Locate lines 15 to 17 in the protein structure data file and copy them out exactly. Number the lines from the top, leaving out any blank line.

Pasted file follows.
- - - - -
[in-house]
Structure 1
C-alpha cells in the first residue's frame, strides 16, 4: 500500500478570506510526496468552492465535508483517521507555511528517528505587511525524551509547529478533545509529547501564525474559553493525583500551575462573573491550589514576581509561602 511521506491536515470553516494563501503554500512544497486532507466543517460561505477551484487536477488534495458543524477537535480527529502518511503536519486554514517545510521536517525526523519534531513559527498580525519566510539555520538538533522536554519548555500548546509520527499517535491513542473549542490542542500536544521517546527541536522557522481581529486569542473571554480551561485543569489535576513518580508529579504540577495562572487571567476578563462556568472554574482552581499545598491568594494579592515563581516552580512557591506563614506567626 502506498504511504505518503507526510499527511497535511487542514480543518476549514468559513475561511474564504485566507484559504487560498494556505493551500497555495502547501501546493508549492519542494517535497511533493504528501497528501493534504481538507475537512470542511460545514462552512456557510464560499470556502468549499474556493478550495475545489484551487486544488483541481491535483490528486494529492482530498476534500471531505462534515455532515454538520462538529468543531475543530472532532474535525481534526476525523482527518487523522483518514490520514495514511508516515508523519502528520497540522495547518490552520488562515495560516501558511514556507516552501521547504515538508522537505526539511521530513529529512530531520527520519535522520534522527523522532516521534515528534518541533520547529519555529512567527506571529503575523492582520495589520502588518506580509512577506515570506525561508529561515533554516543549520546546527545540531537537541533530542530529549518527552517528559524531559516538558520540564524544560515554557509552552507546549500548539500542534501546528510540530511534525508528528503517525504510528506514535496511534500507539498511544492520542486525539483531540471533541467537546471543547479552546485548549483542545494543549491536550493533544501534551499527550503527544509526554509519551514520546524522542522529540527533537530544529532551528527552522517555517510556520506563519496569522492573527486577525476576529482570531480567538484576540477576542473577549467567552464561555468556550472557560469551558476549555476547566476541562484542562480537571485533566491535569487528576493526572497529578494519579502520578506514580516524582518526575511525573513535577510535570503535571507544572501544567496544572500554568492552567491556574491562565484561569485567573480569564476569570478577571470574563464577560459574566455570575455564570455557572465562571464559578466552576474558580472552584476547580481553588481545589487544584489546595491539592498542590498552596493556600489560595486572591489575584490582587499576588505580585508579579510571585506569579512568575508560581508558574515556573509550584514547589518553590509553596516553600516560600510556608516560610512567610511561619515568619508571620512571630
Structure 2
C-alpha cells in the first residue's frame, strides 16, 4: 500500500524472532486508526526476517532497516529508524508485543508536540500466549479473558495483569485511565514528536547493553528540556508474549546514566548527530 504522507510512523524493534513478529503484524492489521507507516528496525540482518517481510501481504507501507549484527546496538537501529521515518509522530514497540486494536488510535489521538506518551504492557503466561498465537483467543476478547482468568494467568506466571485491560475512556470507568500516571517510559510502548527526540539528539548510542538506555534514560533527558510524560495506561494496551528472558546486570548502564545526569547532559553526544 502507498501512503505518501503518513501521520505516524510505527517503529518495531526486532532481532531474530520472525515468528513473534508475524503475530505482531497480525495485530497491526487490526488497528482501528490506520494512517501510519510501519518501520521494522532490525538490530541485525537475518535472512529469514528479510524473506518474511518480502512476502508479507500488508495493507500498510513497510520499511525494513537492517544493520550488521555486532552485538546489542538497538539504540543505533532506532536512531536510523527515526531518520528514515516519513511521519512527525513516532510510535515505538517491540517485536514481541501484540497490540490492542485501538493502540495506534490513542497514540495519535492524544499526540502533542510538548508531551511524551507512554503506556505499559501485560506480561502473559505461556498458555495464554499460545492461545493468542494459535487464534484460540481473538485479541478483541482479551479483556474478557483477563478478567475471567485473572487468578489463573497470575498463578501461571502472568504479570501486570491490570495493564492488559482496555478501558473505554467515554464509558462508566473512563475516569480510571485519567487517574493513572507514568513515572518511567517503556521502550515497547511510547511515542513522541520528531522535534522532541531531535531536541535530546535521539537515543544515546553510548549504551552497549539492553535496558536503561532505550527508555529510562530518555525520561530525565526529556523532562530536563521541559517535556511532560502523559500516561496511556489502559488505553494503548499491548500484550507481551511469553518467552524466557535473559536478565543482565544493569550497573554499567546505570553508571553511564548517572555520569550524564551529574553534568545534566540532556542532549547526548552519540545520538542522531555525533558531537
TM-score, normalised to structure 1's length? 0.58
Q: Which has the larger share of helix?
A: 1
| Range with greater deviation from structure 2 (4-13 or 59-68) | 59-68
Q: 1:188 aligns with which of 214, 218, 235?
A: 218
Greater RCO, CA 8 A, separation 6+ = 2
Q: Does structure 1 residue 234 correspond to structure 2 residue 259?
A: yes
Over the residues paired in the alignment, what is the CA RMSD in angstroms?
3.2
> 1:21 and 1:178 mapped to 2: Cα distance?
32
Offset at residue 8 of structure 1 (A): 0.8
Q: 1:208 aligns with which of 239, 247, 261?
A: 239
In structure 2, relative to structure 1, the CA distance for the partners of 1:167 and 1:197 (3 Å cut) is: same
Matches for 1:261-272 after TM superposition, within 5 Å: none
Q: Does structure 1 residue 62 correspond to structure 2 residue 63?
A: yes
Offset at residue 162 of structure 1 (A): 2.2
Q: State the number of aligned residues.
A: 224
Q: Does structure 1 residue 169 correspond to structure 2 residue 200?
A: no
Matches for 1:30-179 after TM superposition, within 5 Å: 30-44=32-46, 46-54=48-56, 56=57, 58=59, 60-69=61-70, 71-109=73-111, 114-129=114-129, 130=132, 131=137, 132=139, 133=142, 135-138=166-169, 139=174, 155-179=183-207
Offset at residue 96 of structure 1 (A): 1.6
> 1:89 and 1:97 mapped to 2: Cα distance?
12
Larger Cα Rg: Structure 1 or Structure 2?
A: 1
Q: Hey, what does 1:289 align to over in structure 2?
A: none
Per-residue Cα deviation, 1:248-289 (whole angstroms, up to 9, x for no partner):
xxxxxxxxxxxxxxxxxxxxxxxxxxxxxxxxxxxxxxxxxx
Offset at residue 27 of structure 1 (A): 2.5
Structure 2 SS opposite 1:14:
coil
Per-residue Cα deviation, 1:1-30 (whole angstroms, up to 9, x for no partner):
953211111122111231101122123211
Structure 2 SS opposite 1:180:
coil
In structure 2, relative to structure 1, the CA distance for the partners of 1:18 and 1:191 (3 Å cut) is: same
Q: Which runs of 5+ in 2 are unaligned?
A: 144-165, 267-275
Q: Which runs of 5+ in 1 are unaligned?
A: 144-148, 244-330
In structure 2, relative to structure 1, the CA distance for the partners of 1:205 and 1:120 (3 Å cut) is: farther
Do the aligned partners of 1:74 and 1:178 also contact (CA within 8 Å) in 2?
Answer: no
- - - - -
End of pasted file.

Over the residues paired in the alignment, what is the CA RMSD in angstroms?
3.2
> 1:21 and 1:178 mapped to 2: Cα distance?